Horizontal image of sauteed onions in a metal pot on a white towel.

Heat 3 tablespoons of butter in a 3-quart saucepan. Add the onions and saute for just a few minutes, until the onions are slightly softened and lightly browned.

Step 3 – Cook the Spinach and Flour

Horizontal image of a pot with sauteed greens and onions with a wooden spoon and a white towel.

Add the spinach and stir until wilted. Sprinkle in the flour and continue stirring. Let the flour cook for a few minutes so it can be completely absorbed by the spinach.

Step 4 – Add Stock

Horizontal image of a stock and green leaf mixture in a metal pot with a wooden spoon and a white towel.

While the spinach is cooking, simmer the stock in a separate medium pot. Once it reaches a low simmer, add it to the spinach mixture and stir. Keep the soup warm, without simmering or boiling, over very low heat.

Step 5 – Make the Liaison

Horizontal image of a whisk in a yellow mixture in a white bowl.

In a medium mixing bowl, whisk together the eggs and heavy cream.

Temper the mixture: Whisking constantly, very slowly pour in one cup of the warm soup until it is completely incorporated. Gradually add the tempered mixture back to the soup in a slow, steady stream, stirring constantly. Heat the mixture, while still stirring, for just a couple of minutes.

This is your liaison, a combination of cream and eggs that is a common thickening agent in kitchens, which relies on the coagulation of proteins from the eggs. Like the flour, the liaison will help to thicken the soup, but will also provide a velvety final texture.

Horizontal image of a yellow soup with green leaves in a pot with a wooden spoon and a towel on a grey wooden surface.

Make sure the soup is not boiling while you’re cooking during this step. Because of the egg content, this is a delicate process – you don’t want to end up with scrambled egg soup!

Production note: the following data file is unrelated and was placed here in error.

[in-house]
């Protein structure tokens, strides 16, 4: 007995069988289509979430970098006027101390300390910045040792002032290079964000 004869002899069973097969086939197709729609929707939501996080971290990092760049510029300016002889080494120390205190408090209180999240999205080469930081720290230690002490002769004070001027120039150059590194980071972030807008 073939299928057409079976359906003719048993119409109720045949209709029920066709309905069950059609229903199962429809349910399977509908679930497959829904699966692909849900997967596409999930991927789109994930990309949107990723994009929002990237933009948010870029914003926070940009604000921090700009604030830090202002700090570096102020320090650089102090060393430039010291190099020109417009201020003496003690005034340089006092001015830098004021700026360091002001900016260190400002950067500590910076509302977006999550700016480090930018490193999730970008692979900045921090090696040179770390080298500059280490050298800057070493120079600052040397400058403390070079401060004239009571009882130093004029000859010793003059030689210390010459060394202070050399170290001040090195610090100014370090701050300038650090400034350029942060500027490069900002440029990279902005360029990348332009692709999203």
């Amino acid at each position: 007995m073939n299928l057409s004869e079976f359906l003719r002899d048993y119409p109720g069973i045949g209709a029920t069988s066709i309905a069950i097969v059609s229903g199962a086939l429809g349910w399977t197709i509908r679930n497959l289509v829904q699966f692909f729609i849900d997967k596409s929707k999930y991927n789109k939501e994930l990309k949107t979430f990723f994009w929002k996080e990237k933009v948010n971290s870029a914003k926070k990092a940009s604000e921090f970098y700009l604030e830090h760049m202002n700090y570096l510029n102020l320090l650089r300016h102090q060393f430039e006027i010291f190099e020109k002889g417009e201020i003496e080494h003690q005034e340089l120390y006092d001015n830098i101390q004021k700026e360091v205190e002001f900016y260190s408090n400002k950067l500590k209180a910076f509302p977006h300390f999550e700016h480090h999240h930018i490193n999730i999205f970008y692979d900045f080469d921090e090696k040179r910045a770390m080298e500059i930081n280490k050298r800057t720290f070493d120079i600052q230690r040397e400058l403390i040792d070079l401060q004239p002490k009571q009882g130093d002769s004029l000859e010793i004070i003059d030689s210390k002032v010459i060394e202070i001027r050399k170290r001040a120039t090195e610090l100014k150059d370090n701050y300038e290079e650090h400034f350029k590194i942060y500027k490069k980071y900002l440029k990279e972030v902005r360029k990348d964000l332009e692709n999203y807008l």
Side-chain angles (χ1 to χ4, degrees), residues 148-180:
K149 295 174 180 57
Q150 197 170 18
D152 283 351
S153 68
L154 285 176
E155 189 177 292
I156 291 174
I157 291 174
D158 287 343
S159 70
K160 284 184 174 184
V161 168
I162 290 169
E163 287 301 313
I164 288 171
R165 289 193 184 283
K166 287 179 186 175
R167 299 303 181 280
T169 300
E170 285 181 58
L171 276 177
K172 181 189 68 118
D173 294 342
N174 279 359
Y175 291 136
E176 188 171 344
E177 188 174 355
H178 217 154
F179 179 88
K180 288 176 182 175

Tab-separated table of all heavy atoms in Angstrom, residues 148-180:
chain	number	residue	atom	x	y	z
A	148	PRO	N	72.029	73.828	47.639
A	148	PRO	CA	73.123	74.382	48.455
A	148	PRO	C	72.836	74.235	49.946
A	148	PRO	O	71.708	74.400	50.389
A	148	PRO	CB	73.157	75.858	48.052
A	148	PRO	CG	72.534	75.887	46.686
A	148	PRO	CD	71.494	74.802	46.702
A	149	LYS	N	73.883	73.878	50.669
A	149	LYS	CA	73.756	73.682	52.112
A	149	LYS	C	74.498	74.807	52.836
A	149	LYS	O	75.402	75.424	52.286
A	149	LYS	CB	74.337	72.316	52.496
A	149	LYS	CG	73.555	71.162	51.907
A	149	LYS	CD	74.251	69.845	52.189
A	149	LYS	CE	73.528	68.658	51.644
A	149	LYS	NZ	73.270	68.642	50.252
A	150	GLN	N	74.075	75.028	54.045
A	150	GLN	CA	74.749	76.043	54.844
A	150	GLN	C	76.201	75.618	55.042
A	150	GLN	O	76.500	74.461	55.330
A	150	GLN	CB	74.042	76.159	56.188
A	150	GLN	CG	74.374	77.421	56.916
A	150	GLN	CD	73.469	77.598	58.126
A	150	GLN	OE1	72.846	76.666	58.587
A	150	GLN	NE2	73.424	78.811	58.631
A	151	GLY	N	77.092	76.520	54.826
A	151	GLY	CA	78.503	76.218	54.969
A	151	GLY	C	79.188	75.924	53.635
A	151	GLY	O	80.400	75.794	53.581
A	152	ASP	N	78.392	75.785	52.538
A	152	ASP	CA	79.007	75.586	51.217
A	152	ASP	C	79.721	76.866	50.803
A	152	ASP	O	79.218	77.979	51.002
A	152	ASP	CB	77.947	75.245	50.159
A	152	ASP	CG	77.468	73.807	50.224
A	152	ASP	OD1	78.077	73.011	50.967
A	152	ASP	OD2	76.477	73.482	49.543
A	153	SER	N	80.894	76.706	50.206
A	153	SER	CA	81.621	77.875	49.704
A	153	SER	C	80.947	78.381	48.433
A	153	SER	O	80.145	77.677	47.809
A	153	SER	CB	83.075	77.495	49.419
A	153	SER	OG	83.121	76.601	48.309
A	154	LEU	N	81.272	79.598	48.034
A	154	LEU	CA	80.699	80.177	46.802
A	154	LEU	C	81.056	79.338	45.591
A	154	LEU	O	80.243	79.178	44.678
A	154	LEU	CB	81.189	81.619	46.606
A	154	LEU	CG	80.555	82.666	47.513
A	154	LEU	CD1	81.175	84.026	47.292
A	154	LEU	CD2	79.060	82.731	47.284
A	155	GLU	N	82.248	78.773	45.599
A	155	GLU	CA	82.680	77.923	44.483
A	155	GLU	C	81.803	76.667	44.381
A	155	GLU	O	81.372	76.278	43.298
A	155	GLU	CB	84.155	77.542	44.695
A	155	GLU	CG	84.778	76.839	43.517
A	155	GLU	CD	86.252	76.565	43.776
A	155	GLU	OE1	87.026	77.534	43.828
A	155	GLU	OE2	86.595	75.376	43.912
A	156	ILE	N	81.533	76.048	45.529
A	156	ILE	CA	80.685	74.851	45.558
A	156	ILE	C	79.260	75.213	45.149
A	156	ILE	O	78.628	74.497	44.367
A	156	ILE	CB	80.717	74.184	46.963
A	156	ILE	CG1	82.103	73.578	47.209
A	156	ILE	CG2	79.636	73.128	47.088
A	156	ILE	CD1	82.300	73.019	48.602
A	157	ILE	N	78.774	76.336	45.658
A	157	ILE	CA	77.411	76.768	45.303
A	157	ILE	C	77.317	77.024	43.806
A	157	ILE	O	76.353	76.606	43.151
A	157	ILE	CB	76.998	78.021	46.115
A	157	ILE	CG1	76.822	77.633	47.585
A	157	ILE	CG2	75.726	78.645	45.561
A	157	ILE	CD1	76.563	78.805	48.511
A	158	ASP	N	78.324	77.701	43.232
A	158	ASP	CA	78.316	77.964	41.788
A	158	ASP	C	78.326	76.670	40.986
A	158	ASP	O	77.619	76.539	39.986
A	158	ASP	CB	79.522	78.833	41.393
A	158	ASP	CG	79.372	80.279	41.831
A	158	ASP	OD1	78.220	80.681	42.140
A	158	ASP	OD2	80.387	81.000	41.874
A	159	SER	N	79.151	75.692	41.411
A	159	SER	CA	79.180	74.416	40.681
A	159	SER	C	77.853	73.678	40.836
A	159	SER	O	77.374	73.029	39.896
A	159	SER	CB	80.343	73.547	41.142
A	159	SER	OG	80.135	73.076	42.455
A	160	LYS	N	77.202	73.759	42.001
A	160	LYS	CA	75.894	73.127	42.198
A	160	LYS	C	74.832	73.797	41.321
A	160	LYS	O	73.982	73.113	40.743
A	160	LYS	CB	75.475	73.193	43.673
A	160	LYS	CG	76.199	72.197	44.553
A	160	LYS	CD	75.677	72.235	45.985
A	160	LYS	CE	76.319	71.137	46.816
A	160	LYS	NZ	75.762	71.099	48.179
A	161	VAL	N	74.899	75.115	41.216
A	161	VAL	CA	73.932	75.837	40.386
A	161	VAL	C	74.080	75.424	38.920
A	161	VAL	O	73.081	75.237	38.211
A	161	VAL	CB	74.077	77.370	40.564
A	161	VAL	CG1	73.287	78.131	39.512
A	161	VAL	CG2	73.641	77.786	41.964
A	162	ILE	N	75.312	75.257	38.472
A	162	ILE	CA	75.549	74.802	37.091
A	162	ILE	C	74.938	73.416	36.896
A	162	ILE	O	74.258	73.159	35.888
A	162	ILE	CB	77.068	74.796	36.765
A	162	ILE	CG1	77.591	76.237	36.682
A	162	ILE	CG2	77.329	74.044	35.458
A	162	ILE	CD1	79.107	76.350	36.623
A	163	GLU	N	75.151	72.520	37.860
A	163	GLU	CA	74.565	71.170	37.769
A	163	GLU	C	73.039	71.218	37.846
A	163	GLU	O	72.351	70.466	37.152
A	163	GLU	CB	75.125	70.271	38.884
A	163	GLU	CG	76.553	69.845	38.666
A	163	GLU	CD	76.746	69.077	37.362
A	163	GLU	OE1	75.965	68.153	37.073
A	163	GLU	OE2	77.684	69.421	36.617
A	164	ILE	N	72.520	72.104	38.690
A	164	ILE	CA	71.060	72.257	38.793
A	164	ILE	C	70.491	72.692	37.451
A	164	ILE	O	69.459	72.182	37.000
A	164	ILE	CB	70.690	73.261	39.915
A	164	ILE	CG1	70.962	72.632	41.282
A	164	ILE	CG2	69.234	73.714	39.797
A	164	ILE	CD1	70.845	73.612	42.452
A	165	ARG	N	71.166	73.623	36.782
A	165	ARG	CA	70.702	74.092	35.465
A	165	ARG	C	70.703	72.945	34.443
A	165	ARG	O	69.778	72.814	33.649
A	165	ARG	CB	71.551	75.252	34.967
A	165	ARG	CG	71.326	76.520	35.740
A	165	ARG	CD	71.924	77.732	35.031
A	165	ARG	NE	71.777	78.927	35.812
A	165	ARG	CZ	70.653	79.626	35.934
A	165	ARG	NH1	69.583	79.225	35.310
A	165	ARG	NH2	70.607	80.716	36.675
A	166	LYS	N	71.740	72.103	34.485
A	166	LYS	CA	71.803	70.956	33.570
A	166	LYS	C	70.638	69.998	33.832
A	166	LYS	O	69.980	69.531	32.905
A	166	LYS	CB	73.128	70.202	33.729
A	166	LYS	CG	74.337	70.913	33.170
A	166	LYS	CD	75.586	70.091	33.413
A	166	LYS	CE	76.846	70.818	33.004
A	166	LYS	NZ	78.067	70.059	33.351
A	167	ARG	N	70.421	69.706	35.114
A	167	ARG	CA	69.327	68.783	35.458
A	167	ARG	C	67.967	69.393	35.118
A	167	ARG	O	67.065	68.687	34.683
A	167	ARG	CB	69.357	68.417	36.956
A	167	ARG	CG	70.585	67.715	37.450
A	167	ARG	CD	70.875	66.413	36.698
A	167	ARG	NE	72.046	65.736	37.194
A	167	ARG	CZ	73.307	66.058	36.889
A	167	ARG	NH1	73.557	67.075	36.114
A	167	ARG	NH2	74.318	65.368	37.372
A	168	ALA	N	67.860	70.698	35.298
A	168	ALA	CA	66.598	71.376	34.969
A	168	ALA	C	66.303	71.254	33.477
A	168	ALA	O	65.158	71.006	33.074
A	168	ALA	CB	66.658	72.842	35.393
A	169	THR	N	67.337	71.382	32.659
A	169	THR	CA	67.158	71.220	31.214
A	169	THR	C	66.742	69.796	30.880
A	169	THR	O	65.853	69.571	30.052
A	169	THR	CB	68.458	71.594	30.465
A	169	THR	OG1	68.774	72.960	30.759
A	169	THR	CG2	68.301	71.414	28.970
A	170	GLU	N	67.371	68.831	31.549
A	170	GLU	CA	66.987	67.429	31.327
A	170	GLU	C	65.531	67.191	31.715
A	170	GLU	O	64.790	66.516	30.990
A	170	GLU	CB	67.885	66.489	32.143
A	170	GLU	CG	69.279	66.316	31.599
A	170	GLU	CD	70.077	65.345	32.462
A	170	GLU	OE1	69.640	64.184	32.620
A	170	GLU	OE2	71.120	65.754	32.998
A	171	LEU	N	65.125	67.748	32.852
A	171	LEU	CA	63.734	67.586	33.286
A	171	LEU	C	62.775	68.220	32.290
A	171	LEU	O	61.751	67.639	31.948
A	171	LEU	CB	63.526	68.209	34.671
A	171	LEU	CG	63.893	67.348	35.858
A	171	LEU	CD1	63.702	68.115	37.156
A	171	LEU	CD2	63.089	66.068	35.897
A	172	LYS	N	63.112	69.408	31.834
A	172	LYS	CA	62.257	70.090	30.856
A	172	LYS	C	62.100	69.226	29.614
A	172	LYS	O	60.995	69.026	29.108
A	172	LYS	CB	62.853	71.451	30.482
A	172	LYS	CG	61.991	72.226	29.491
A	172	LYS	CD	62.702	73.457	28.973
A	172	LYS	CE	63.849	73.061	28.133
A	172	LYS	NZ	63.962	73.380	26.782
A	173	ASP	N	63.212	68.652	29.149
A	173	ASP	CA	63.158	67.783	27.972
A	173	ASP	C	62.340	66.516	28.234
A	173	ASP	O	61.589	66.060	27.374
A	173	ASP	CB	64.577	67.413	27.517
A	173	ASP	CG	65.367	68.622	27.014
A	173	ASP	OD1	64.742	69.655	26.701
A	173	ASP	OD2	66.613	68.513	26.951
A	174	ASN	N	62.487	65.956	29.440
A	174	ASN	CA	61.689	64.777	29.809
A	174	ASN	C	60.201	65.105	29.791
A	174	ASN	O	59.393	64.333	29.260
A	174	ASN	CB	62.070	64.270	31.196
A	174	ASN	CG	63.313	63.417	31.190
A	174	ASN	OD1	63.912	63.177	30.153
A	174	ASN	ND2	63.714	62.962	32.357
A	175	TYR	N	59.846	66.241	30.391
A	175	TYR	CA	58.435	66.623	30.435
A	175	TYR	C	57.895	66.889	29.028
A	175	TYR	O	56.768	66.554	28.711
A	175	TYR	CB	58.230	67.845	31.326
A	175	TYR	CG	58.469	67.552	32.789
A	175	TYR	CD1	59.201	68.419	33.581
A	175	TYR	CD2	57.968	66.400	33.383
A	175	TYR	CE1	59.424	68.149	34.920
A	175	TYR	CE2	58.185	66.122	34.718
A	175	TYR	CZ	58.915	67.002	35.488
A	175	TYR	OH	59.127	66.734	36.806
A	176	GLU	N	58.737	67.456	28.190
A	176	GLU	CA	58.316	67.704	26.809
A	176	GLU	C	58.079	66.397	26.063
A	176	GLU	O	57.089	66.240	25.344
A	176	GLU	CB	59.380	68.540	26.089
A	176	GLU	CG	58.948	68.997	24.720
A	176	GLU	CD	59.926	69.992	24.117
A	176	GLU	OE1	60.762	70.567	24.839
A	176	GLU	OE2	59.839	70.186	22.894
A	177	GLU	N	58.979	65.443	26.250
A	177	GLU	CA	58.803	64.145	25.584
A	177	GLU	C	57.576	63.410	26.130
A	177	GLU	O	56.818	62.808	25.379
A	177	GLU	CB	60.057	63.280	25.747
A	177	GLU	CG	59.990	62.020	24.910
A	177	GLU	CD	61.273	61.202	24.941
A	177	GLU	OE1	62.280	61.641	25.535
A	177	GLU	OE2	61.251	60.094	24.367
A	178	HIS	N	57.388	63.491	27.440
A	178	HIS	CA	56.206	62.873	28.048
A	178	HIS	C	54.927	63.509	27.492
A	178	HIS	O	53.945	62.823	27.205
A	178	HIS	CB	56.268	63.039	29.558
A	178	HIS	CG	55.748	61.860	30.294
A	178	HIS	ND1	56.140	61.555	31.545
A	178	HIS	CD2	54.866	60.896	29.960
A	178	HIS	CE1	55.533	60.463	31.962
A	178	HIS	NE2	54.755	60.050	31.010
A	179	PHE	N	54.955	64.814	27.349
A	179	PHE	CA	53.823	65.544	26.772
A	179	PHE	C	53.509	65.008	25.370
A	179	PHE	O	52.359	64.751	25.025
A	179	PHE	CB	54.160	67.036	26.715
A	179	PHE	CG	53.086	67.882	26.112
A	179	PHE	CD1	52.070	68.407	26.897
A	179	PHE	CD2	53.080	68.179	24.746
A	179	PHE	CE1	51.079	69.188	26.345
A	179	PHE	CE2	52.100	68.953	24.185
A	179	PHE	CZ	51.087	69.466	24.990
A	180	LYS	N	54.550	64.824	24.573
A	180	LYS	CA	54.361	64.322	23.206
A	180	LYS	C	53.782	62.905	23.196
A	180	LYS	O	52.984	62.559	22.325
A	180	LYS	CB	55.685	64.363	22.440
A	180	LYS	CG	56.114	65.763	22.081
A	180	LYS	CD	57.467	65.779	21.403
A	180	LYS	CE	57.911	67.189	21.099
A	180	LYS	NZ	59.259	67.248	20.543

For more info on tempering, check out our creme brulee article.

Step 6 – Finish with Butter

Horizontal image of three bowls of creamy potage on a white towel with fresh spinach leaves and a wooden spoon.

After everything is combined, remove from heat. Add the remaining 2 tablespoons of butter to enrich the soup.

Serve immediately, while it’s still warm.

Go Get Those Greens!

Not only is spinach seriously worth enjoying (or letting grow on you) for the taste factor, it’s also good for you, like Popeye said. When gently cooked, it still retains all kinds of vitamins and minerals, like A, C, K, magnesium, and folic acid.

Horizontal image of bowls filled with a creamy potage, with one bowl empty, on a white towel with leaves and spoons.

But don’t worry. We won’t force you to eat it right from the can.

Use a big bag of the fresh leaves in this potent potage, simply seasoned and thickened with just a few ingredients, to enjoy the spinach as the bright green star of this velvety dish.

For the freshest version that you’ll ever taste, you could even use spinach that you grew in your own garden. Try these tips, from our sister site, Gardener’s Path.

So, as Popeye would sing, be “strong to the fini-ch,” and eat your spinach!

Horizontal image of a bowl of potage on a slate with a spoon.

How do you like incorporating one of my favorite ingredients in tasty recipes? Tell us how you eat your greens in the comment section below.

Be sure to take a look at all of our soup recipes. You’ll love our other creamier recipes:

Love this recipe? Be sure to rate it!

Don’t forget to Pin It!

A collage of photos showing Potage Creme d’Epinards: A Velvety (French Cream of Spinach Soup).

Photos by Nikki Cervone, © Ask the Experts, LLC. ALL RIGHTS RESERVED. See our TOS for more details. Originally published by Shanna Mallon on January 5th, 2009. Last updated: January 1, 2020 at 1:48 am with additional writing and editing by Nikki Cervone.

Nutritional information derived from a database of known generic and branded foods and ingredients and was not compiled by a registered dietitian or submitted for lab testing. It should be viewed as an approximation.

About Shanna Mallon